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Auro-3D is an immersive 3D audio format developed by the Belgium-based company Auro Technologies.


It is designed along three layers of sound (surround, height and overhead ceiling), building on the single horizontal layer used in the 5.1 or 7.1 sound format. Auro-3D creates a spatial sound field by adding a height layer around the audience on top of the traditional 2D surround sound system. This additional layer reveals both localized sounds and height reflections complementing the sounds that exist in the lower surround layer. The height information that is captured during recording is mixed into a standard 5.1 surround PCM carrier, and during playback the Auro-3D decoder extracts the originally recorded height channels from this stream.

AuroMax expands on the basic layout used by Auro 11.1 and Auro 13.1 by dividing the side, rear and ceiling channels into "zones", to allow for placement of sound at discrete points along the theatre wall or ceiling as well as within the theatre itself. The principle employed is similar to other object based formats such as Dolby Atmos or DTS:X.[1]

The Auro-3D technology consists of the Auro-3D Engine and a Creative Tool Suite. The engine comprises the Auro-Codec and the Auro-Matic upmixing algorithm to convert legacy content into the Auro-3D format. The Creative Tool Suite is a set of plugins that can be used to create native immersive 3D audio content. Auro-3D is fully compatible with all existing production processes and theatre systems, and the format also offers a host of compatibility features such as Single Inventory Distribution (multiple formats are combined in one PCM carrier) and full DCI compliancy.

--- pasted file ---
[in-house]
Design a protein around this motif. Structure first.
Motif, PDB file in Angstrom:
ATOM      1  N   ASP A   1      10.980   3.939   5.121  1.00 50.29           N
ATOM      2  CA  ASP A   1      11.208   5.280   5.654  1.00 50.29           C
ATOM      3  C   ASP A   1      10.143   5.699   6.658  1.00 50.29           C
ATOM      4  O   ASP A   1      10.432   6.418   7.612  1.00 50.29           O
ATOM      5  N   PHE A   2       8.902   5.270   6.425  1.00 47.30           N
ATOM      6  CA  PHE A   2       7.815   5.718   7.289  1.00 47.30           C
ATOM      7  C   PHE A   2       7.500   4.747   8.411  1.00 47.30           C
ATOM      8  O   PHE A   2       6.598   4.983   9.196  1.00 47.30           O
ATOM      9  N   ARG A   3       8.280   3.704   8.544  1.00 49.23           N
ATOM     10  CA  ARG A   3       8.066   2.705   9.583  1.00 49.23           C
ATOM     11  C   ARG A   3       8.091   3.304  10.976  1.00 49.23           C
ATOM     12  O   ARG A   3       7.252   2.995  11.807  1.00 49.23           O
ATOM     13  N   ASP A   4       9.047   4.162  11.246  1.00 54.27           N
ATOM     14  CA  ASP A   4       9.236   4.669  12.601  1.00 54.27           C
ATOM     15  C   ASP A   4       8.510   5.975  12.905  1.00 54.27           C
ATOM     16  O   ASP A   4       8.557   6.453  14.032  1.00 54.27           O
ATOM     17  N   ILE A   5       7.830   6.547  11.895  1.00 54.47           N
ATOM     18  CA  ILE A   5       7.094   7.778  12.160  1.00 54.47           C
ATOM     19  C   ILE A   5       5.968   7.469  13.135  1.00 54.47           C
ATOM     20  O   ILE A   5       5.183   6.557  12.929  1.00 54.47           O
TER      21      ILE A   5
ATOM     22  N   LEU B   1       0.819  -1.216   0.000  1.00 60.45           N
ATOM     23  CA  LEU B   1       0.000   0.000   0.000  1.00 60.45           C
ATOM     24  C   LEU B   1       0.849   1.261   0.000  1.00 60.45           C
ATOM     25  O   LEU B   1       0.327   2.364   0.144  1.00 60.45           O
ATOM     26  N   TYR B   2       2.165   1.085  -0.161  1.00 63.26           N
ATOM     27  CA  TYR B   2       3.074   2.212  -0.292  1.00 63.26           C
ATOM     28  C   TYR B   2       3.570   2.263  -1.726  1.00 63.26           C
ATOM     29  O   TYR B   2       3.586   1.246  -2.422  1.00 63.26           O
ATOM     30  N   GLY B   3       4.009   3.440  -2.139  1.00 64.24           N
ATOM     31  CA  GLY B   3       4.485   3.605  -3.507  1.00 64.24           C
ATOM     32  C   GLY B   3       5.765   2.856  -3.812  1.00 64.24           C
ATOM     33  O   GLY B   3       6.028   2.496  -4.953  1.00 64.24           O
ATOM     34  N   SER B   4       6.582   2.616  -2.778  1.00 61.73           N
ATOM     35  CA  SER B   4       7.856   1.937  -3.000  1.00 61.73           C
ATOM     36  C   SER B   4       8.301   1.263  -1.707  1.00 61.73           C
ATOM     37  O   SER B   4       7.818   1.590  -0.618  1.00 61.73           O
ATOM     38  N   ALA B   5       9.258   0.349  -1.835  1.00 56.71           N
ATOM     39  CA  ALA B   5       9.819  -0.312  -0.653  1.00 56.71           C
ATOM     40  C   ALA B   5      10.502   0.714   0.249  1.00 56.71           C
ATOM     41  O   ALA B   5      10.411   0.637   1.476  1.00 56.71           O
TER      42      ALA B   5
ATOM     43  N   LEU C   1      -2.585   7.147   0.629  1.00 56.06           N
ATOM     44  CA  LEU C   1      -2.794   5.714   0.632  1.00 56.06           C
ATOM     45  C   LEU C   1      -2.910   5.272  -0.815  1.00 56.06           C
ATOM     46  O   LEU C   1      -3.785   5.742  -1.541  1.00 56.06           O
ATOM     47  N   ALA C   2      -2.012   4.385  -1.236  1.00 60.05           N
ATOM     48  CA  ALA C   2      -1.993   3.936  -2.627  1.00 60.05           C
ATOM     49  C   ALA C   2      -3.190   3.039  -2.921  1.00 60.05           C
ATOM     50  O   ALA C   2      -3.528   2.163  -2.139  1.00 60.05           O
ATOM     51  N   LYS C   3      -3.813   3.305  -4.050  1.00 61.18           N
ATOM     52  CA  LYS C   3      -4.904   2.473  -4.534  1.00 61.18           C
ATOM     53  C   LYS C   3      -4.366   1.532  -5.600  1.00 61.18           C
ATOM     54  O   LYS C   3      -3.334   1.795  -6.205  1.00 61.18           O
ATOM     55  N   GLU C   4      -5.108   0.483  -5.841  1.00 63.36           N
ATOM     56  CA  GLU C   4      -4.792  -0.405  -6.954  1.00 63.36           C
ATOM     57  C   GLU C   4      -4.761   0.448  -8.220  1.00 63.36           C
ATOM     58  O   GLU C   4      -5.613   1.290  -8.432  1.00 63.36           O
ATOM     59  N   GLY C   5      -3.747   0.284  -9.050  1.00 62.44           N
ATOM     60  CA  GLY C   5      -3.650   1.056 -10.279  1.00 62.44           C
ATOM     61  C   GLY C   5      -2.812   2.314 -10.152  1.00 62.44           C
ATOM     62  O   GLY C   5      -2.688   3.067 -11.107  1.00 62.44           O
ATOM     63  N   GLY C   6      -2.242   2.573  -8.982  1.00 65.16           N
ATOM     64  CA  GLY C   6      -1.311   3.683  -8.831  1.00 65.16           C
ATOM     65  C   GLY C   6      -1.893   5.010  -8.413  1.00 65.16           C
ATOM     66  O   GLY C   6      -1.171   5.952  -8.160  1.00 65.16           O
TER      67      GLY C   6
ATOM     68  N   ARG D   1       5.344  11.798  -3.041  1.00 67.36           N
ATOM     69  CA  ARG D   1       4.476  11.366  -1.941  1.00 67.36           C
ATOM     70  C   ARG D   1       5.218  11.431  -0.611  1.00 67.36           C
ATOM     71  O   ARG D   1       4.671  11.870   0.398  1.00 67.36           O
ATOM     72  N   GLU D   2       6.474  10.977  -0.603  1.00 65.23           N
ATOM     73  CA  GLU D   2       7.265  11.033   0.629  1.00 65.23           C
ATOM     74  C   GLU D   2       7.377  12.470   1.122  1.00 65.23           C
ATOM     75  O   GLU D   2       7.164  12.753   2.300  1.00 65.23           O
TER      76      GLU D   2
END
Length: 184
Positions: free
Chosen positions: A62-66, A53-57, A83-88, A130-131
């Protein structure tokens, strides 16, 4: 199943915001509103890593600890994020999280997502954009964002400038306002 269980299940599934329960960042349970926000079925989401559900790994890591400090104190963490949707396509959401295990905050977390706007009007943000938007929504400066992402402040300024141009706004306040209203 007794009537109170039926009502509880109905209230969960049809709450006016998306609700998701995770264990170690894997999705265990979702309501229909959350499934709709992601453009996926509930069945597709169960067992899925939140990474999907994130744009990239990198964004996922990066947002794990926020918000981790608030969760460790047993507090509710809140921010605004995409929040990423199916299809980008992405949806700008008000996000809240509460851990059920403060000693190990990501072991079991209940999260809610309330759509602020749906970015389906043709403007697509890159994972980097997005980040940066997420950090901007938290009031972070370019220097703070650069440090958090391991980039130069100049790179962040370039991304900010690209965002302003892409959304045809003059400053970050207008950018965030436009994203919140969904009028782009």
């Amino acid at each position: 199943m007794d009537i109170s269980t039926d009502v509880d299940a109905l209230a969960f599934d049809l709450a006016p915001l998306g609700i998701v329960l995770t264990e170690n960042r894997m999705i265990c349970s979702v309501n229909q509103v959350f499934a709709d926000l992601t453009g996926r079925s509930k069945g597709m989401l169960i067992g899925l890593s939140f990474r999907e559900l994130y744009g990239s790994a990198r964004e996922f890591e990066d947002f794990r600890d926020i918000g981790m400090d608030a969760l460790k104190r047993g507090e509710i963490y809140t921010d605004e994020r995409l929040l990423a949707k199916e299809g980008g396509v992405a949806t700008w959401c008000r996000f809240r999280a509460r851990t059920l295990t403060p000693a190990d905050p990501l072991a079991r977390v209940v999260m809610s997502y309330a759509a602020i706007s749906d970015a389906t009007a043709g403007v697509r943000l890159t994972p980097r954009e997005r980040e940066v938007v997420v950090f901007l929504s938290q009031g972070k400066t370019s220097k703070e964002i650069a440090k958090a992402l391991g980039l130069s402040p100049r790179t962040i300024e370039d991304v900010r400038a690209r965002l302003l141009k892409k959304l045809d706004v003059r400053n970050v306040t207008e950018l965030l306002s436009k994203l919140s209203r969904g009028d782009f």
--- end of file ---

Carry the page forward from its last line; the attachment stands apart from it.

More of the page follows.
Listening formats[edit]

Auro-3D comes in a variety of listening formats that are compliant with market standards:

Home Theater (Small Rooms): Auro 9.1, Auro 10.1 (with added Top Ceiling channel, the so-called "Voice Of God")

Cinema (Large Rooms): Auro 11.1 (with added Front Height Center channel), Auro 13.1 (with added Left Rear Surround & Right Rear Surround channel), AuroMax 22.1, AuroMax 26.1 (allowing placement of objects)[1]

3D Over Headphones: A format designed to capture the spatial effect of Auro-3D in a portable environment for personal listening


The Auro-3D concept and formats were developed in 2005 by Wilfried Van Baelen, CEO and Founder of Galaxy Studios and Auro Technologies. The format was officially introduced to the public at the AES Convention 2006 in Paris (May 20–23) and San Francisco (October 6–8) during the workshop "Surround with Height Channels". The first speaker layouts presented here were Auro 9.1 and Auro 10.1 (which added an overhead top speaker).